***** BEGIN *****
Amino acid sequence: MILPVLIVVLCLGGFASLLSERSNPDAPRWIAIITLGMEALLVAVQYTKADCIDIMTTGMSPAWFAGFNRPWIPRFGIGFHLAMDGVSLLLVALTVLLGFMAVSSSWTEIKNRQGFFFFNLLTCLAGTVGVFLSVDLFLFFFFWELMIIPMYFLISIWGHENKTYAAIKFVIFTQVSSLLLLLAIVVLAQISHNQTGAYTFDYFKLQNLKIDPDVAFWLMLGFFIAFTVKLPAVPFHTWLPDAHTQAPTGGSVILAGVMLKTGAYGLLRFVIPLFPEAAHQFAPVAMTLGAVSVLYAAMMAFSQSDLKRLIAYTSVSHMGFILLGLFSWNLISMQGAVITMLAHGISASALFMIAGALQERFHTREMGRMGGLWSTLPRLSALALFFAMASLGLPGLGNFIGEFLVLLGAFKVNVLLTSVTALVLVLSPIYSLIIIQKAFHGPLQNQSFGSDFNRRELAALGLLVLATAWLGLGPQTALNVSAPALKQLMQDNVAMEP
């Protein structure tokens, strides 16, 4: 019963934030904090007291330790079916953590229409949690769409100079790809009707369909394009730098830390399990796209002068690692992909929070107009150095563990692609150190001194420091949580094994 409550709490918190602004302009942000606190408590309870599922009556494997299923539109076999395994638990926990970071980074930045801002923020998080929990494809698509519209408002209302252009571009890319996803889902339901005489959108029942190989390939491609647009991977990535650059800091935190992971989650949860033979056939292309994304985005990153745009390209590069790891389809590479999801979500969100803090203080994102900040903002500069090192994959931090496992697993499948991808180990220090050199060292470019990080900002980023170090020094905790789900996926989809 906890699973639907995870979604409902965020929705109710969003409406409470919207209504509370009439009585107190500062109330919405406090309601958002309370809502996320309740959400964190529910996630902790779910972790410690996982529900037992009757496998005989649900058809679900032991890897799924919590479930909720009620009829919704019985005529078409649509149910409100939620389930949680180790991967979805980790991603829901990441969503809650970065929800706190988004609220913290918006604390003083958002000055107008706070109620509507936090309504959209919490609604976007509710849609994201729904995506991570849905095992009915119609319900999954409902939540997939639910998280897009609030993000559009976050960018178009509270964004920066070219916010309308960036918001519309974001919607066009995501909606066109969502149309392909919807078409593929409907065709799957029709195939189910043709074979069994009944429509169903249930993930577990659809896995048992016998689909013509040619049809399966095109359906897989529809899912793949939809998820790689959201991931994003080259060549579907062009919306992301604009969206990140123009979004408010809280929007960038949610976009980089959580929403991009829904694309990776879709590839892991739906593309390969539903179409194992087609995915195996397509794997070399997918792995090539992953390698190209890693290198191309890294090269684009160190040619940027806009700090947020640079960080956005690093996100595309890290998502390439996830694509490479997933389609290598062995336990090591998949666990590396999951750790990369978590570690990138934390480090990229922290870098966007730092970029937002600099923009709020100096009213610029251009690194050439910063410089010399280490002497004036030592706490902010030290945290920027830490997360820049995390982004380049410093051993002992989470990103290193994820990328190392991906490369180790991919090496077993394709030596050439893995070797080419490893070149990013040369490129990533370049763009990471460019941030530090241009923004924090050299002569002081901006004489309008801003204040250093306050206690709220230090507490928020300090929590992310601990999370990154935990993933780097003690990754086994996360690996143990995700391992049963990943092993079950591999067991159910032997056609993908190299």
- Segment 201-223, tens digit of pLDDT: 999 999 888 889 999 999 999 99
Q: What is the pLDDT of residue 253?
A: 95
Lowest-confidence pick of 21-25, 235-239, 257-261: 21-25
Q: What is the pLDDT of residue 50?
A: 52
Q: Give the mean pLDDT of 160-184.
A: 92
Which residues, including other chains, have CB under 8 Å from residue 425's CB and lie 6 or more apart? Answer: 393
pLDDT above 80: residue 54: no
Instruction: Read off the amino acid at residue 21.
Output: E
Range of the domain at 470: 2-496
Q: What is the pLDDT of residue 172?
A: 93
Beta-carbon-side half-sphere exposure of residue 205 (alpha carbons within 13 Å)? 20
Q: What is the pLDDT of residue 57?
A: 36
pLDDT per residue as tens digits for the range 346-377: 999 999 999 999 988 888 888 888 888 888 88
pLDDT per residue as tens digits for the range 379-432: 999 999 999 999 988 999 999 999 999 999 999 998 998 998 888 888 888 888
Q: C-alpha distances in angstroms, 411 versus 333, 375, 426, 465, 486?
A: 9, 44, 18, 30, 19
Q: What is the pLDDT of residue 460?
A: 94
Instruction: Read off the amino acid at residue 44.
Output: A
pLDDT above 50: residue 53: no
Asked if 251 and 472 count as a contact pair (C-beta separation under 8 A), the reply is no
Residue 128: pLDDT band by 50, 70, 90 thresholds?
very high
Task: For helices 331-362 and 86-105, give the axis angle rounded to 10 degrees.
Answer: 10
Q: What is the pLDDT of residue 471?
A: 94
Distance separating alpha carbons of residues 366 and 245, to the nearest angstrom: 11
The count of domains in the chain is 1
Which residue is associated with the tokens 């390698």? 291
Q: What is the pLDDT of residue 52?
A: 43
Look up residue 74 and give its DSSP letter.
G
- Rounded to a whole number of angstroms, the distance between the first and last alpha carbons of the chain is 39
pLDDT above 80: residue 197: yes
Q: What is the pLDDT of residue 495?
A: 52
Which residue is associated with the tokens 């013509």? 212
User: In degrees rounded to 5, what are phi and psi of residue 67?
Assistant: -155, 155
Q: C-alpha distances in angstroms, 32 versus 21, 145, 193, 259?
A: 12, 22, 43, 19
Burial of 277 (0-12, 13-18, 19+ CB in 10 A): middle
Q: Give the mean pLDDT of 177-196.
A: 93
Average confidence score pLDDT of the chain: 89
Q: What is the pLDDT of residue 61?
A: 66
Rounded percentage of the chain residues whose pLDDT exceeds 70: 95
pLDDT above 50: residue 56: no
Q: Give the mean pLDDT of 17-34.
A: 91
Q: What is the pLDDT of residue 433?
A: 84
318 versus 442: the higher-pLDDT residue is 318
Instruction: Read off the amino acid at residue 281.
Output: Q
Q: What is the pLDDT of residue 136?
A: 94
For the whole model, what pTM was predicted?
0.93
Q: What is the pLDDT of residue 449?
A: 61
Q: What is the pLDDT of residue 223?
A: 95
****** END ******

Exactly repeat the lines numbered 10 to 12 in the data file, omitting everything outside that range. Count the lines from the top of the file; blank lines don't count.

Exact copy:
A: 92
Which residues, including other chains, have CB under 8 Å from residue 425's CB and lie 6 or more apart? Answer: 393
pLDDT above 80: residue 54: no